Figure 2: Fissured tongue before therapy lateral size
Discussion:

Fissured tongue can appear at any time period of one’s life. The study shows a 50 year old patient. Binamadi et al. [2] in their study they show a case of fissured tongue of a 74-year-old patient, while in his study. Lingua plicata occurs equally in male and female population. According to Darawazeh et al. [3] fissured tongue is the most common lesion in the tongue, 11.5% of respondents in Jordan. Dry mount (xserostomia) is the most common cause of fissured tongue. The patient shown in the study suffers from congenital xserostomia. Avhad [4] shows a 16 year how has congenital xserostomia. Nisa at al. [5] in their study show that the fissured tongue is caused by xesostomia, which itself is caused by radiotherapy of the head and neck. Fissured tongue appears to be one of the most common symptoms in patients with psoriasis. Daneshpazhooh et al. [6] in their study show that, 66% of patients with psoriasis have fissured tongue too.

Of the 40 subjects with systemic diseases, fissured tongue occurs: 35% at patients with diabetes mellitus, 30% at patients with hypertension, 20% at patients with rheumatoid arthritis and 10% at patients with asthma [7]. Donahue at al. [8] and Harrison at al. [9] indicate the fact that as side effect of the DMARDs can arise mouth sores. As a consequence of rheumatoid arthritis may appear fissures or sores in the mouth due to reduced immunity of the patient and poor oral hygiene [10]. In the patient shown in the study oral manifestations reflect as fissures of the tongue in which the patient receives fissured tongue.

Conclusion:

From this study we can conclude that Fissured tongue is anatomical variation of normal tongue, accompanied with fissures on the tongue. Usually it occurs as a consequence of xerostomia and an inflammatory disease in which there is reduced immunity in the patient. It’s not a serious disease and with good oral hygiene and hygiene on the tongue, the patient is going to continue to function normally in his environment.

Figure 3 Fissured tongue after therapy
References:
  1. Negrei C, ⦁ Bojinca V, ⦁ Balanescu A, ⦁ Bojinca M, ⦁ Baconi D, ⦁ Spandidos DA, ⦁ Tsatsakis AM, ⦁ Stan M, Management of rheumatoid arthritis: Impact and risks of various therapeutic approaches, ⦁ Exp Ther Med. 2016 Apr;11(4):1177-1183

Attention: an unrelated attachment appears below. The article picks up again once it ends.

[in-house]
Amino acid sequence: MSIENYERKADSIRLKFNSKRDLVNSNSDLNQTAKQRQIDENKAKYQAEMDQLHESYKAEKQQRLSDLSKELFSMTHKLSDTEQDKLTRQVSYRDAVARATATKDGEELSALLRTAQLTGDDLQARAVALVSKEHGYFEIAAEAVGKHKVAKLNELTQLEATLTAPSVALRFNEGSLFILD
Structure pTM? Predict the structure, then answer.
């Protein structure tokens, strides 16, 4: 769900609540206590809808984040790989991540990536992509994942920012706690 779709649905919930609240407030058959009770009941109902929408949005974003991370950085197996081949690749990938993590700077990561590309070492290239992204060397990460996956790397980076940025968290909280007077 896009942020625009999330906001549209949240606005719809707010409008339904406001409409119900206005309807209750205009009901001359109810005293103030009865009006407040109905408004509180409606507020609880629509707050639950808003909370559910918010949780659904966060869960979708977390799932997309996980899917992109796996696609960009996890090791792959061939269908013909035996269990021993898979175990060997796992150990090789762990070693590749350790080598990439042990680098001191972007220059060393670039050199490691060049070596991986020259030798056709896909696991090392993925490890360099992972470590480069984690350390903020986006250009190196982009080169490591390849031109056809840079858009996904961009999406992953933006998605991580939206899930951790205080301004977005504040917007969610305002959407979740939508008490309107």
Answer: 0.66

2. Binmadi N, Jham B, Meiller T, Scheper M, A case of a deeply fissured tongue, ⦁ Oral Surg Oral Med Oral Pathol Oral Radiol Endod. 2010; 109(5):659-63
  3. Darwazeh A, Almelaih A, Tongue lesions in a Jordanian population. Prevalence, symptoms, subject’s knowledge and treatment provided, Med Oral Patol Oral Cir Bucal. 2011; 16 (6):745-749.
  4. Avhad G, Jerajani HR, Lingua plicata Indian Dermatology Online Journal 2014; 5(3):161
  5. Nisa L, ⦁ Giger R, Lingua plicata, ⦁ CMAJ. 2012 Mar 6; 184(4):E241
  6. Daneshpazhooh M, Moselehi H, Akhyani M, Etesami M, Tongue lesions in psoriasis: a sntrolled study BMC Dermatology 2004, 16:1-4.
  7. Byahatti S, Ingafou M, The Prevalence of Tongue Lesions in Libyan Adult Patients, J Clin Exp Dent. 2010; 2(4):e163-8
  8. Donahue KE, Jonas DE, Hansen RA, Roubey R, Jonas B, Lux LJ, Gartlehner G, Harden E, Wilkins T, Peravali V, Bangdiwala SI, Yuen A, Thieda P, Morgan LC, Crotty K, Desai R, Van Noord M. Drug Therapy for Rheumatoid Arthritis in Adults: An Update. Comparative Effectiveness Review No. 55. (Prepared by RTI-UNC Evidence-based Practice Center under Contract No. 290-02-0016-I.) Rockville, MD: Agency for Healthcare Research and Quality. April 2012.
  9. Harrison M, Marra C, Shojania K, Bansback N, Societal preferences for rheumatoid arthritis treatments: evidence from a discrete choice experiment, ⦁ Rheumatology (Oxford). 2015 Oct; 54(10):1816-25
  10. National Collaborating Centre for Chronic Conditions (UK). Rheumatoid Arthritis: National Clinical Guideline for Management and Treatment in Adults. London: Royal College of Physicians (UK); 2009 Feb. (NICE Clinical Guidelines, No. 79.)